Students Branching Out At Glenwood MS

July 31, 2014
Elissa Reineck
Stormwater in Schools

Students Branching Out is a Howard County project to involve students in local tree planting projects.  The most recent site was at Glenwood Middle School.  This was a new twist on the project because it was the first time that we planted trees on school grounds.  That made involving the students easier, since all we had to do was walk across the school fields to get there.

Despite some weird weather we had in December – freezing cold and snowy, then warm and the ground too squishy to deliver the trees – we were able to get 3 classes of students from Glenwood Middle to work around their jam-packed school schedules to plant trees with us on December 20th.  That was the very last day before winter break.

Teacher Kelly Storr was amazing in her enthusiasm and flexibility when we had to postpone a couple of times.  On the planting day, half of the time was spent discussing and learning about the project and the other half planting.  The students asked some great questions and had a blast planting the trees and getting muddy.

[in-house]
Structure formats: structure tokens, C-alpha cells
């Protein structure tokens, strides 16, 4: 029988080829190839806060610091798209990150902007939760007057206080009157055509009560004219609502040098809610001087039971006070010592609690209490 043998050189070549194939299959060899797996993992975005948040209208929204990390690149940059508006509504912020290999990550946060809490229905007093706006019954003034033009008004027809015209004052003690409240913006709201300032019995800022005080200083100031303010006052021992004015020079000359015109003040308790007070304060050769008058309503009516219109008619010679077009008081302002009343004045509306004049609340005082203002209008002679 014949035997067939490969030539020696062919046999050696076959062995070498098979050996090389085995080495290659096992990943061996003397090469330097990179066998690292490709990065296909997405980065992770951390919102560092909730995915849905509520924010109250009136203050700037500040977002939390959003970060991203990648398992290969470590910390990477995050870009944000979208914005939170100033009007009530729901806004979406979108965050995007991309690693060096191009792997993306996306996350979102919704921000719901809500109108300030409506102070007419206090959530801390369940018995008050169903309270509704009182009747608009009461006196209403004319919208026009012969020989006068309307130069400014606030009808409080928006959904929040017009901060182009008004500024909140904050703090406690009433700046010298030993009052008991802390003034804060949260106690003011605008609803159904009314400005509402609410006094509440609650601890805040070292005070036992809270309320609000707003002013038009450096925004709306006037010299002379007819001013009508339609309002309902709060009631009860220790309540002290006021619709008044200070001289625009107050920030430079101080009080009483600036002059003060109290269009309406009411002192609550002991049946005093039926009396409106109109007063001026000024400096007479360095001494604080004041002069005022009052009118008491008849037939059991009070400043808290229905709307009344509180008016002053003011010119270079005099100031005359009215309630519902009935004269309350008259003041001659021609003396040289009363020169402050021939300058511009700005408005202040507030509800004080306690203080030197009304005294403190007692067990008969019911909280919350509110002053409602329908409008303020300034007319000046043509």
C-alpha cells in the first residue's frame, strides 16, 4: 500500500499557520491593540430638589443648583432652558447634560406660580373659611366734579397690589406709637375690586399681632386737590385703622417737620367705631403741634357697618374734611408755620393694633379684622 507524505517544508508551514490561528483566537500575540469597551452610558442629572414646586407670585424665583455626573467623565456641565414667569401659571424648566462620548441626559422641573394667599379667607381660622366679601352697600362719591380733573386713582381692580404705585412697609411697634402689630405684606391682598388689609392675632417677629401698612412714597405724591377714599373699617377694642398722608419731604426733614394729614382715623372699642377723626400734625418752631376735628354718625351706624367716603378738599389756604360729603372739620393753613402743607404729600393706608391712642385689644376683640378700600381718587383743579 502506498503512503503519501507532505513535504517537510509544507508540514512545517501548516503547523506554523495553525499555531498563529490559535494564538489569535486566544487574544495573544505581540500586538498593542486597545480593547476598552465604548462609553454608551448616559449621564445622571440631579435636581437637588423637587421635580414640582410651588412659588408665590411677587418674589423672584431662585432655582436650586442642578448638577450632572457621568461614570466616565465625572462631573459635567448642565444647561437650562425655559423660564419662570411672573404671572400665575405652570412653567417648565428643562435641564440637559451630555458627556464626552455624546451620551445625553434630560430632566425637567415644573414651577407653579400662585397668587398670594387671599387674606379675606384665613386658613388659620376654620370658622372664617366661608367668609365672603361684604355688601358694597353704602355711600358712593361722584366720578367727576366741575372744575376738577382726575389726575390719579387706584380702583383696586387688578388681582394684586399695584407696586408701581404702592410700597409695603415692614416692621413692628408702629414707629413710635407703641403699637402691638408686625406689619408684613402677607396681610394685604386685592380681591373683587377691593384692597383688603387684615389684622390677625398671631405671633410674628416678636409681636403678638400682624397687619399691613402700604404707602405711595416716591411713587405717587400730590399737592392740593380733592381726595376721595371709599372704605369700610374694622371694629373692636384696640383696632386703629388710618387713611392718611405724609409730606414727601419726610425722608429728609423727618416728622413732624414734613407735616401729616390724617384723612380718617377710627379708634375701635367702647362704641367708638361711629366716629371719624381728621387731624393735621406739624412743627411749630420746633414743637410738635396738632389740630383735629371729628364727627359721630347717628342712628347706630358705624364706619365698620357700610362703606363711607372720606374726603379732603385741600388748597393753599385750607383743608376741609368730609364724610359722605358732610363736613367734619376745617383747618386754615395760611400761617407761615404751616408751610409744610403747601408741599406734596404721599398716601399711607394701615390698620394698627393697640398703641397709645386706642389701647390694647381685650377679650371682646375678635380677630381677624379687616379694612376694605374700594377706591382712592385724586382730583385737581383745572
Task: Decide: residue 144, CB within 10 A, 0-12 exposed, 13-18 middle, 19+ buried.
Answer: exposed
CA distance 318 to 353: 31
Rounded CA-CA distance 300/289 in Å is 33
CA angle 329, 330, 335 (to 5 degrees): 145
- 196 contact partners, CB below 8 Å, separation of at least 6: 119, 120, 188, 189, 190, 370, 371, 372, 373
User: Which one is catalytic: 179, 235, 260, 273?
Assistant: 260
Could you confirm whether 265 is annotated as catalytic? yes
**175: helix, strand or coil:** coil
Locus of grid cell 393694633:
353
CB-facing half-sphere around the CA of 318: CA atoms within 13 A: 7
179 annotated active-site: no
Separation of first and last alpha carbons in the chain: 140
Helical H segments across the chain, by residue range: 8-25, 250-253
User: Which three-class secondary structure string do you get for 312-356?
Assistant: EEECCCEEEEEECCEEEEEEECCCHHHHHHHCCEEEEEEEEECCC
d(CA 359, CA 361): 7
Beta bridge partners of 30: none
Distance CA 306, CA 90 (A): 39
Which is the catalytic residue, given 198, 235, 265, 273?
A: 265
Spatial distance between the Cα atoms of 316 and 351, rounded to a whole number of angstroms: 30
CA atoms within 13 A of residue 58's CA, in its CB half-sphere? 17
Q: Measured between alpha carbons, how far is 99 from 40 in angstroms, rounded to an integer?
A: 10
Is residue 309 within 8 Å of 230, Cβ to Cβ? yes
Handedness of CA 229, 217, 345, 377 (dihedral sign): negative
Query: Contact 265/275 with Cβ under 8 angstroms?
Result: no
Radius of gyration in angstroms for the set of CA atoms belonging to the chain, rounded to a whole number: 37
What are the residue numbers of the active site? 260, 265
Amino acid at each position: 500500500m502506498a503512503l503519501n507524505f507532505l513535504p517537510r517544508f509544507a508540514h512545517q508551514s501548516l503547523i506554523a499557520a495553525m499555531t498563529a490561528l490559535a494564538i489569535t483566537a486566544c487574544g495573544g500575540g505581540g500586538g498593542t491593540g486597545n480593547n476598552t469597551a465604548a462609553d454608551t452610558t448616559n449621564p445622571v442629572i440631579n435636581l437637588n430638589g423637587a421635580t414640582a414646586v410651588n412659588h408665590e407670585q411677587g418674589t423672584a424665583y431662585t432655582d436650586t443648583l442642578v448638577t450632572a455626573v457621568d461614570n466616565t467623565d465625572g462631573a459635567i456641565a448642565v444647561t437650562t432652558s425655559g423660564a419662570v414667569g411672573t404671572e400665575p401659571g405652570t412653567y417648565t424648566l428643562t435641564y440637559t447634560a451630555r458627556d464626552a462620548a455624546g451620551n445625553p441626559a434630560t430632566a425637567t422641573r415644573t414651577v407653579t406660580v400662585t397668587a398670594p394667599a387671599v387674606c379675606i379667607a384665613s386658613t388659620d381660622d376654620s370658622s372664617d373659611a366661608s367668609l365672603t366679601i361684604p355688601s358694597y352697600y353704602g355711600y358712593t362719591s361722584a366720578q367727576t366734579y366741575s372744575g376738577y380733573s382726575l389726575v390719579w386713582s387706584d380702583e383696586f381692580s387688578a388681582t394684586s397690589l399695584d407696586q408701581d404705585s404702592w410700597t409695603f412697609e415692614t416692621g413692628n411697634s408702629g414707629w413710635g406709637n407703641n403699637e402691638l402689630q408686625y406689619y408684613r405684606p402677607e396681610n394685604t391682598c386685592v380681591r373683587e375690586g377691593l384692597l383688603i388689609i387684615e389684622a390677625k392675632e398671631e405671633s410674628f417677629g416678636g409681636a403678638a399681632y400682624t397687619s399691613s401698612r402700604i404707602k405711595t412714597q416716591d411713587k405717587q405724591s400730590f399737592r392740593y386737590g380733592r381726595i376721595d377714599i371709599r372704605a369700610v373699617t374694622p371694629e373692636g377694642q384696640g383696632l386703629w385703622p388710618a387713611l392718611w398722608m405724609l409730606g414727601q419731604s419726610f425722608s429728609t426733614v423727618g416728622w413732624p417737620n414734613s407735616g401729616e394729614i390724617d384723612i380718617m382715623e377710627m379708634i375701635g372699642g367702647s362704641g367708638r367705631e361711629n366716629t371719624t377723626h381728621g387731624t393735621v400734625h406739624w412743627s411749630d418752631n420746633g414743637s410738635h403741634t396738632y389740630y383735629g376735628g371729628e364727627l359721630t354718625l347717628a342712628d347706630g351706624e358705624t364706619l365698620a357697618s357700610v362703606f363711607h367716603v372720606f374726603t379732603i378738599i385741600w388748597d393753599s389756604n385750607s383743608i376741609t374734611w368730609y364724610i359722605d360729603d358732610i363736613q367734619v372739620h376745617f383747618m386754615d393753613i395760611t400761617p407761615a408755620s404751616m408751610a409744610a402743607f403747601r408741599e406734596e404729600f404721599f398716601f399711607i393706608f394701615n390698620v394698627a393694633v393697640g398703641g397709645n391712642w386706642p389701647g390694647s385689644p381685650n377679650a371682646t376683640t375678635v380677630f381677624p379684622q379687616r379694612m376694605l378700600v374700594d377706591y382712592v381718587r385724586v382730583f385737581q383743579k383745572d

Here is some more background on the project:

  • This project in particular encouraged us to work across agencies.  The Glenwood planting involved the Howard County Schools grounds department, the teachers and principal, as well as the Howard County Bureau of Environmental Services, Recreation and Parks’ Natural Resources Division, and the Office of Environmental Sustainability.
  • We planted 1450 trees on 7.5 acres.  Most were planted by private contractors.  Local businesses KCI Technologies and Holmes Landscaping were hired, promoting local business and jobs.
  • All the trees planted were native species – pin oak, white oak, serviceberry, sugar maple and black gum.
  • The trees and contractor support were funded by Governor O’Malley’s Stream Challenge grant program.
  • Converting this area from grass to trees will reduce the time, energy, and money spent on mowing and provide habitat.

We’re planning on going back again in the spring to work with the students and give them a chance to use these trees as a learning resource.  We hope that it will continue to be a part of their learning each year.

Elissa Reineck